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Report No. 185

Section 42A (proposed in 69th Report but not finally recommended)

In the light of above discussion, question arises whether there should be a separate provision for making judgments in a criminal case relevant in civil cases. The 69th Report considers this aspect in para 16.48 etc. The English statute of 1968 was considered and in para 16.67 the suggested section Section 42A is drafted but it is said finally.

"After considerable discussion; we have decided not to recommend any such change."

In England, it was also the law in Hollington v. Hewthorn 1943 (1) KB 587 that a previous conviction is irrelevant in a latter civil case. That was a case of collision between two cars. In a subsequent action for damages, the earlier conviction was treated as irrelevant.

In England, by Section 11 and 13 of the Civil Evidence Act, 1968, the common law rule was changed. Section 11 related to 'conviction as evidence in civil proceedings' and Section 12 of 'findings of adultery and maternity as evidence in civil proceedings'.

In the 69th Report, in para 16.59 etc., the case law after the 1968 Amendment in UK was referred to. Then Section 42A was formulated and finally, it was said that it was not being recommended after "further discussion". No reasons were given for giving up the proposal for adding Section 42A.

Now we find that the UK 1968 Amendment was carried into Civil Evidence Act, 1995 and it is stated by Phipson (15th Ed, 1999, para 38.78) "but the legislature accepted the view that these provisions by themselves would not be sufficient". Phipson says (para 38.78):

"Whichever policy is regarded as preferable, it is submitted that there are intelligible reasons for that adopted by the courts, and the various factors which have been outlined in this paragraph provide a composite rationale for the doctrine (which is still effective in relation to a wide range of verdicts) which was not sufficiently articulated in Hollington v. F. Hewthorn & Co.Ltd. 1943 KB 587. Notwithstanding recent criticisms of the decisions which have high authority (Hunter v. Chief Cons of the West midlands 1982 AC 529, Hollington v. F. Hewthorn & Co. was treated as clear authority by the Privy Council in Hui Chi-ming v. R: 1992 (1) AC 34. Consequently, it is probably safer to say that the rule still applies in all cases not covered by common law exceptions (admiralty, matrimonial, bankruptcy, etc.) or the various statutory exceptions."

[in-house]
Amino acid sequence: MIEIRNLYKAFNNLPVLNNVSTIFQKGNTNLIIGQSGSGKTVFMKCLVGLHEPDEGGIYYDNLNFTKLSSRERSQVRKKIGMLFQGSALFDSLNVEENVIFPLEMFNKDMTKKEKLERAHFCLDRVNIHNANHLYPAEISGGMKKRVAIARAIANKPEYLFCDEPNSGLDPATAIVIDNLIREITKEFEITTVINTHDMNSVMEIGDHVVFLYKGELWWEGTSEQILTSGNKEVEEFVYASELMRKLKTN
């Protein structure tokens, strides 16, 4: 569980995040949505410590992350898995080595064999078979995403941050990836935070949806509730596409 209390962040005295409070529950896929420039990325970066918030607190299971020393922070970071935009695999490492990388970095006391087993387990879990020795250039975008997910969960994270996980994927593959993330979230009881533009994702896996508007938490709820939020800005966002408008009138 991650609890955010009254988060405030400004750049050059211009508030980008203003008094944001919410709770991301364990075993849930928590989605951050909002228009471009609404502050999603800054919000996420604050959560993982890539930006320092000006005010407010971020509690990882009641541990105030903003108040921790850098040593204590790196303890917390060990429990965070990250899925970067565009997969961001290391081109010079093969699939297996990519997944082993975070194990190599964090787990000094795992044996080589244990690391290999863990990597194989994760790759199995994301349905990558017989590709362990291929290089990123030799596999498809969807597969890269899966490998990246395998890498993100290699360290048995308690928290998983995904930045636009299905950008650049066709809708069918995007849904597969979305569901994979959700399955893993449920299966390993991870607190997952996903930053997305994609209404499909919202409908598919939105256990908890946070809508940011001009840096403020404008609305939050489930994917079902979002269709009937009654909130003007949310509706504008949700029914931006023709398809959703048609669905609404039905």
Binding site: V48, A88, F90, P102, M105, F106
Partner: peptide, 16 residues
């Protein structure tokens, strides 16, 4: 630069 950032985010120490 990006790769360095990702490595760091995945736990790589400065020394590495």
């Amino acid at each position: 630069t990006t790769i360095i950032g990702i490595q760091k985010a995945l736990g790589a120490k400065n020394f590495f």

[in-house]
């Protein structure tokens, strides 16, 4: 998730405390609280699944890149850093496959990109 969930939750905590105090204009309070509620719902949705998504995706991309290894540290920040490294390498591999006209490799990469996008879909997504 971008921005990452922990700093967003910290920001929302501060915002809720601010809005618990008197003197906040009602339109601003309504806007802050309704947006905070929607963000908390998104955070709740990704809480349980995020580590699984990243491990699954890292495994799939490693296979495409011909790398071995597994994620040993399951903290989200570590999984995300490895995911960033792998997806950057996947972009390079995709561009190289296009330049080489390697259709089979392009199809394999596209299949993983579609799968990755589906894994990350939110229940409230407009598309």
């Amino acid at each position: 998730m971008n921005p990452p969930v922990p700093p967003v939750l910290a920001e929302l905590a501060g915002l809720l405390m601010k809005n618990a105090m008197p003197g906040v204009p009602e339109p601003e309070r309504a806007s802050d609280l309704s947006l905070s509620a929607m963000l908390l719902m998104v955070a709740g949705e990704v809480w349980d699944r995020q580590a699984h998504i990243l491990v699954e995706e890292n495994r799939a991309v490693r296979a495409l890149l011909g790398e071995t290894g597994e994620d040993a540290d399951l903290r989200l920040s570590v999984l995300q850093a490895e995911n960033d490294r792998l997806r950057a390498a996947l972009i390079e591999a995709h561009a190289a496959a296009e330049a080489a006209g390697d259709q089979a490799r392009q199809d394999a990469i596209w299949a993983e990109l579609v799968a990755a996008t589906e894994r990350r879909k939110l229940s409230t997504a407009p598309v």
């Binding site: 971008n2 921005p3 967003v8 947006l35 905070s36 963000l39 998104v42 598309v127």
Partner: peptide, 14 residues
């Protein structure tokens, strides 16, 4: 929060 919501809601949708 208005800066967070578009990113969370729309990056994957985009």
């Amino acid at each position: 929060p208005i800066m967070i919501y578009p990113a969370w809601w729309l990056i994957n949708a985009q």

If in England, there is, even after the amendments, a feeling that the new provisions are not sufficient and the House of Lords in 1982 and the Privy Council in 1992 have taken divergent views in relation to the correctness or applicability of Hollington, we are of the view that the 69th Report did well in not proceeding with the proposed Section 42A to make previous convictions admissible in latter cases. We leave the matter at that.



Review of the Indian Evidence Act, 1872 Back




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